Another experience would be my senior internship at Westat in Rockville, Md., where I worked on evaluating the VERB campaign, a CDC initiative to get kids more active by working with celebrities to showcase movement. We showed that the media intervention was working. Once we submitted our report, several months after I graduated, I heard that the program's funding was cut. That was a turning point in my career. In my idealistic mind, I thought: “We showed positive impact, why would it get cut?” I didn’t get a good answer; that’s just how it works sometimes. We put a lot of money and effort into that campaign, but it wasn’t sustainable. That didn’t sit well with me.
Talk about your evolution from studying community health at the UMD School of Public Health to specializing in health communication, specifically in digital/social media. How did your degree program shape your career?
Studying community health opened my eyes to a lot of practical issues in a community. It taught me to think broadly around disease prevention, and how to get a community to understand a problem, and how it's impacting them. There was that great base of learning, but just like everything else, you have to get out there and get exposed to the elements to become useful and practical. The degree helped me to think through my people skills and cranked up my ability to connect more with people one-on-one and communicate my own thoughts. And as far as my evolution into digital and social: You have to learn how to leverage the right tools to reach the right people.
How would you describe your health communication philosophy?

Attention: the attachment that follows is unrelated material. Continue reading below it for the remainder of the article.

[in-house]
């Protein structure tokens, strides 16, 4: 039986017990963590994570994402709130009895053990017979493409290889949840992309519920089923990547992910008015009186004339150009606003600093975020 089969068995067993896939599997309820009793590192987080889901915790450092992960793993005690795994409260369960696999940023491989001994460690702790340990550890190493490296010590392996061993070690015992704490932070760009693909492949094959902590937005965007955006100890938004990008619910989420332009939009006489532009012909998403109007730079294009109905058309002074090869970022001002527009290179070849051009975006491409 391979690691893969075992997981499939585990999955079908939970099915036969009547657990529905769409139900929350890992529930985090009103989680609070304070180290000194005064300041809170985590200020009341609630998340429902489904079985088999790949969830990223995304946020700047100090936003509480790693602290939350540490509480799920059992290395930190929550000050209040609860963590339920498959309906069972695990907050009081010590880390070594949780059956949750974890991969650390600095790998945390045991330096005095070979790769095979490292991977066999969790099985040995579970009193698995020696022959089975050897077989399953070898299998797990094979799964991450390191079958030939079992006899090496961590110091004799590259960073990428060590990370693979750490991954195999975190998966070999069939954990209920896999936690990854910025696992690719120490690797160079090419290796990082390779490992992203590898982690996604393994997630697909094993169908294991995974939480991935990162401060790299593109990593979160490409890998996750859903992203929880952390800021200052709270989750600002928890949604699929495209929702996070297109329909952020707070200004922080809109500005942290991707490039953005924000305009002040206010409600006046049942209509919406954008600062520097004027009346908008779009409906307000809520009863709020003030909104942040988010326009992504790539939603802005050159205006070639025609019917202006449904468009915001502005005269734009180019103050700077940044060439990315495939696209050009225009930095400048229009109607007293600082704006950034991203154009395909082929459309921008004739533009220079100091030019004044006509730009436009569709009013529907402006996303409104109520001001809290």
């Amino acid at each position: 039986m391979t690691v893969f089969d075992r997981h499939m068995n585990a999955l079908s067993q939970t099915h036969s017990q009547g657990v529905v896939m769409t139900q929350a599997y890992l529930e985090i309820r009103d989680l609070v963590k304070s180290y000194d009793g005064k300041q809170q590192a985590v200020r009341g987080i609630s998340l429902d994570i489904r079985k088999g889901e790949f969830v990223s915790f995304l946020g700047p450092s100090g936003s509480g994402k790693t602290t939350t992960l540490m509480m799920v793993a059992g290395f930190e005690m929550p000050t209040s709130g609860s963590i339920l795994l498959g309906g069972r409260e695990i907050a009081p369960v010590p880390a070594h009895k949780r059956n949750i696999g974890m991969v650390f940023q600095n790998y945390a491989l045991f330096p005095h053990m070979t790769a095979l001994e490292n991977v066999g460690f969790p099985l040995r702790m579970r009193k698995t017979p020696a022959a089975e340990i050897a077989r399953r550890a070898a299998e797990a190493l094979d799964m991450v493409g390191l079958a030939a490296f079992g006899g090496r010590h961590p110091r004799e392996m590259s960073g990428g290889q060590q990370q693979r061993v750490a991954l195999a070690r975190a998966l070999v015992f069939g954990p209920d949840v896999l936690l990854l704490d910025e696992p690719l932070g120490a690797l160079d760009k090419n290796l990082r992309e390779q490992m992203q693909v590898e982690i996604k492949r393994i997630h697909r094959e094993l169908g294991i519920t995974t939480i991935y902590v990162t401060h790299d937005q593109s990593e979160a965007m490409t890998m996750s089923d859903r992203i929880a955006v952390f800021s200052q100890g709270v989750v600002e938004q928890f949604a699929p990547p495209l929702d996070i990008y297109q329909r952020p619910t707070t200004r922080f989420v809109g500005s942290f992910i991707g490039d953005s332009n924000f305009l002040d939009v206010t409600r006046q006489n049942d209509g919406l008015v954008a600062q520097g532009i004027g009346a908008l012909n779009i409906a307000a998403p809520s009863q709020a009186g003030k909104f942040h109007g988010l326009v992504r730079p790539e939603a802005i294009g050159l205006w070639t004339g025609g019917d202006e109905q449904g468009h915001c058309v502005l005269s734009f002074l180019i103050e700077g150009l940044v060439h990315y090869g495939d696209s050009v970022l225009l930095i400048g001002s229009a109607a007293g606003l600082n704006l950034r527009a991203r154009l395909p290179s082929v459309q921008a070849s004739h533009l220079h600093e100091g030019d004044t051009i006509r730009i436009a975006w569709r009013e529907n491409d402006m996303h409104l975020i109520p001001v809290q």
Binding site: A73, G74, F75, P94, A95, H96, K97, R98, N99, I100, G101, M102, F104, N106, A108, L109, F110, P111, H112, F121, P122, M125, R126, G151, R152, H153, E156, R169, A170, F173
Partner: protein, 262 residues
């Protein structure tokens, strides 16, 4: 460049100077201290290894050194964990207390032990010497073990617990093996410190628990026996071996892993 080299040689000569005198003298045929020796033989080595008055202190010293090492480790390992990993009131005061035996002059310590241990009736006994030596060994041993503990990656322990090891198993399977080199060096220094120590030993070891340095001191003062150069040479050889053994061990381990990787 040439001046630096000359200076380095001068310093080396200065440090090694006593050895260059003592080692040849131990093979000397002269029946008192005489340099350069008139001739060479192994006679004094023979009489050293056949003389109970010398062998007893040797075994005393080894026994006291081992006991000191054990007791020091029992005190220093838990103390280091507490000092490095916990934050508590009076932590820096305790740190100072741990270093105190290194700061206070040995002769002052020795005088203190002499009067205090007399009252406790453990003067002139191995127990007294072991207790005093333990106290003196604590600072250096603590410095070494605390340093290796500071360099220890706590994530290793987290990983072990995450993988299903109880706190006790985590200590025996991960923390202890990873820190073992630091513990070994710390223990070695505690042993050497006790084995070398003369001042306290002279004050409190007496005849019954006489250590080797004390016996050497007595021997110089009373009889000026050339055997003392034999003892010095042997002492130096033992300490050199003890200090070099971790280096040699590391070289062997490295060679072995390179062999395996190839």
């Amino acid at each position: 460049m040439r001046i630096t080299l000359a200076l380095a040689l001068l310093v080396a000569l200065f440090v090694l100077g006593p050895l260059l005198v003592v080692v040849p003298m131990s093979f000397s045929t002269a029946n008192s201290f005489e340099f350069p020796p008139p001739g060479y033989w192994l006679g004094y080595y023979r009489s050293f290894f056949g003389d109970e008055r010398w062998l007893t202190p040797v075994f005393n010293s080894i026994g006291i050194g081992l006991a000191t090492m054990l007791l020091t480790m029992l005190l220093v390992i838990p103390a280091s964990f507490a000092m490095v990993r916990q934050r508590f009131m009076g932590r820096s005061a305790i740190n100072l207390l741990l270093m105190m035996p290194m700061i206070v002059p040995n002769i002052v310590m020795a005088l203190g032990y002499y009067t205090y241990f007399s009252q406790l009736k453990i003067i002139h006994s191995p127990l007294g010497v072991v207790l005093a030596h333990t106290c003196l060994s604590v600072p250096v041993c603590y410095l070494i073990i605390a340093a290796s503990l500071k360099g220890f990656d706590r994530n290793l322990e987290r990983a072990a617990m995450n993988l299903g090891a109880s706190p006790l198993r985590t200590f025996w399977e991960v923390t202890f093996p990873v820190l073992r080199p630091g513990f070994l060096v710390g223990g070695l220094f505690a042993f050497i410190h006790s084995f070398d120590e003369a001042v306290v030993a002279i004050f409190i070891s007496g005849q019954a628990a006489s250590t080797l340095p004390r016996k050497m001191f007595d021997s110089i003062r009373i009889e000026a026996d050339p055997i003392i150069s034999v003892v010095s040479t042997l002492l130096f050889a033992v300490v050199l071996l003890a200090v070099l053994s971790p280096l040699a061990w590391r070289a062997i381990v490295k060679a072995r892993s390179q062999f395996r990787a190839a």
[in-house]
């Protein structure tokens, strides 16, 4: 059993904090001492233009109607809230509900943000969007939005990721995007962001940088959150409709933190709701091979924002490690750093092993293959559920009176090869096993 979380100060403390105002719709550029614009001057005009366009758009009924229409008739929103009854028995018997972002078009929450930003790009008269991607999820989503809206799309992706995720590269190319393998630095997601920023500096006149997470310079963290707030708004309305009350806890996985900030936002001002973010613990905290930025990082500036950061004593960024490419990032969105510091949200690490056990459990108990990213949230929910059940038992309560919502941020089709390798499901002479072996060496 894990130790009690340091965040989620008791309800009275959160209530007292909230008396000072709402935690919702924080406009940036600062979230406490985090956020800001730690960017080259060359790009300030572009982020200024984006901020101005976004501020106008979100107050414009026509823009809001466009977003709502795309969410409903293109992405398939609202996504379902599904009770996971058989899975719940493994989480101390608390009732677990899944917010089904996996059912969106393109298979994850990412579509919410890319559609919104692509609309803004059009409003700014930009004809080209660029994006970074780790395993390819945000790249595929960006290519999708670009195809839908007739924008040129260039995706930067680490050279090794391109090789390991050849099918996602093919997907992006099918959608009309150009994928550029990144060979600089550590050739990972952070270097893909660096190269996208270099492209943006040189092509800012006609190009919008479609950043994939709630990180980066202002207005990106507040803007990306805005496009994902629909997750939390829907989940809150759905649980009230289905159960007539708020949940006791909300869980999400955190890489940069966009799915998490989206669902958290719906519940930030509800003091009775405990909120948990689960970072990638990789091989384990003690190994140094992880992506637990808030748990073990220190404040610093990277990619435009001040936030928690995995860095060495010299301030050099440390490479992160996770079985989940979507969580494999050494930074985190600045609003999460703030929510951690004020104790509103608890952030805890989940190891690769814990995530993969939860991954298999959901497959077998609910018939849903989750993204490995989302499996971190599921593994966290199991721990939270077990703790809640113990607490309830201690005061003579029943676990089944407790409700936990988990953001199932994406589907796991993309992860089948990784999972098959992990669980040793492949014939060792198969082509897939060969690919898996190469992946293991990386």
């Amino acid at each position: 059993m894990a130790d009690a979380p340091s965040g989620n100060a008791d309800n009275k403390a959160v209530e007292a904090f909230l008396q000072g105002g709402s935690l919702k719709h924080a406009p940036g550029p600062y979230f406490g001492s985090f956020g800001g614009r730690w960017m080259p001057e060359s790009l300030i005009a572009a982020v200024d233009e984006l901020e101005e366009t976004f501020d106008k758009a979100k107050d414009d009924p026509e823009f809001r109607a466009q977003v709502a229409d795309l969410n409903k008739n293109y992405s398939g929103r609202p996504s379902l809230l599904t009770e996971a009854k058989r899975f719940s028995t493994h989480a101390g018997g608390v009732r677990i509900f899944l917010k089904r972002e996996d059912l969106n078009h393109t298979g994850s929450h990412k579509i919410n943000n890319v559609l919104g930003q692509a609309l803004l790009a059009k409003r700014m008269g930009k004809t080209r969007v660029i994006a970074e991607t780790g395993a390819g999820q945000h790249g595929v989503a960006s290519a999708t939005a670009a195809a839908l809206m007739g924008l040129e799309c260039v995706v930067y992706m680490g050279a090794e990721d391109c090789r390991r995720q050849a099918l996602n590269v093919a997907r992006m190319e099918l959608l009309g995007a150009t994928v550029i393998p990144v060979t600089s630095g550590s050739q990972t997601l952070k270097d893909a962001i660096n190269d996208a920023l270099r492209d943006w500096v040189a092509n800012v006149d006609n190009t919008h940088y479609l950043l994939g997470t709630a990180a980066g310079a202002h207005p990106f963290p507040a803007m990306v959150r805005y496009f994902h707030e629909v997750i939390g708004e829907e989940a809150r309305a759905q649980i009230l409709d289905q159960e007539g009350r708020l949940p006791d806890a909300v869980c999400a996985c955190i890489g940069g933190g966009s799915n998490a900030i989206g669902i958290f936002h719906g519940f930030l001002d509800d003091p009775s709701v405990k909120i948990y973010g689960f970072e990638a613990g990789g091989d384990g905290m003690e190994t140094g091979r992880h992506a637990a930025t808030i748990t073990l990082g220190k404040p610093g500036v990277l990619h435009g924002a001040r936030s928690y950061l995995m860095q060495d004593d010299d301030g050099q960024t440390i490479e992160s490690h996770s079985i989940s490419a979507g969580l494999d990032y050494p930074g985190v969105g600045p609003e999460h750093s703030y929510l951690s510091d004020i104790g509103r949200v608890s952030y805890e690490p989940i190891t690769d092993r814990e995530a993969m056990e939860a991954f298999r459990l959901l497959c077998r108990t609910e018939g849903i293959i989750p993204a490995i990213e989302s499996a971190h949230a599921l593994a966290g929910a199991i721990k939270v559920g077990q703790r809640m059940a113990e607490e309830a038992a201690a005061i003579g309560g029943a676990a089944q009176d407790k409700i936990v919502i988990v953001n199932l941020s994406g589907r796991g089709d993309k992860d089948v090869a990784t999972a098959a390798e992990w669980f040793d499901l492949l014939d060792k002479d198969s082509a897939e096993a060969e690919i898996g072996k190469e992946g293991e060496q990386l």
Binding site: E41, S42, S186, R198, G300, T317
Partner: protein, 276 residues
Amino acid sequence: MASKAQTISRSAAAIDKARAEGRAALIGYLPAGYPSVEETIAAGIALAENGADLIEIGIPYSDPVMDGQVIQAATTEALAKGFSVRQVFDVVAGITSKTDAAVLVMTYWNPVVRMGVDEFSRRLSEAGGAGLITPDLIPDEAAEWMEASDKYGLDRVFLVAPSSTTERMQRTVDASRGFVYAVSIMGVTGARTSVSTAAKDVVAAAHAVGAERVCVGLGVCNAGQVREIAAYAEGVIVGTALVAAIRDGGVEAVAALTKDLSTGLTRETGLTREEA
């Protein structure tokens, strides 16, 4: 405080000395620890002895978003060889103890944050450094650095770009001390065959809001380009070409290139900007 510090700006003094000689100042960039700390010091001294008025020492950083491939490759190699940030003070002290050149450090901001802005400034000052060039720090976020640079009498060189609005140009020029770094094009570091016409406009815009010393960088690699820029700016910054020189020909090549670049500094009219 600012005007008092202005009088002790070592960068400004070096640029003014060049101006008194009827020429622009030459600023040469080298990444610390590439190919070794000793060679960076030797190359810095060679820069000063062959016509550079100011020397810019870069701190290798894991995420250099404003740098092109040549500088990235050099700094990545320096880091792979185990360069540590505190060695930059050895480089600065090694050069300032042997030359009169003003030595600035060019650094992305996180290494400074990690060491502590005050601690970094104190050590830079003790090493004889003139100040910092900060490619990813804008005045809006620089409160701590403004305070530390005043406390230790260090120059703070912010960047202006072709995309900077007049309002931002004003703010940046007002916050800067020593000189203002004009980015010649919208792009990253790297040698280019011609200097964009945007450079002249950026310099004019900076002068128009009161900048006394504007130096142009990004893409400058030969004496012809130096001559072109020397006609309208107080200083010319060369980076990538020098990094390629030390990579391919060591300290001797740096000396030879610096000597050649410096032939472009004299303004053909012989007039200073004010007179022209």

It's all about listening, and introducing smart design concepts in any kind of initiative. If we're trying to reach people to change their behavior and inform them better, it's of utmost importance that we not only time our efforts during the right points in their lives, but also work alongside them to co-create solutions that actually get to the root of the problem.
What’s a project you’ve worked on that showcases this?
Shortly into my career, I started doing freelance work in health communications. I was working with the CDC’s “I Know” campaign, aimed at educating African-Americans ages 18-24 about sexual health.
During a visit to Clark Atlanta University, a historically black college, I gave a presentation about social media in that demographic and later that day was working with some students. I was able to get ideas from the students because I could hear what was relevant to them and their peers. There was no amount of research I could have brought in that would have given me that information. For me, that was a light bulb moment in terms of the whole co-creation aspect of public health: You have to embed yourself into that community you are trying to reach.
What’s the importance of digital communications in the practice and study of public health?
If the people we are serving are using digital tools to get their information, communicate with friends and family, and to generally help improve their lives all around, then we absolutely should be making sure that those same tools get integrated into public health initiatives. We also need to make sure that a fundamental understanding of how digital tools are useful in other industries is being translated into public health innovation. We need to ensure that the next generation is having these communication and entrepreneurial strategies integrated into their understanding of public health.
Published Feb. 16, 2016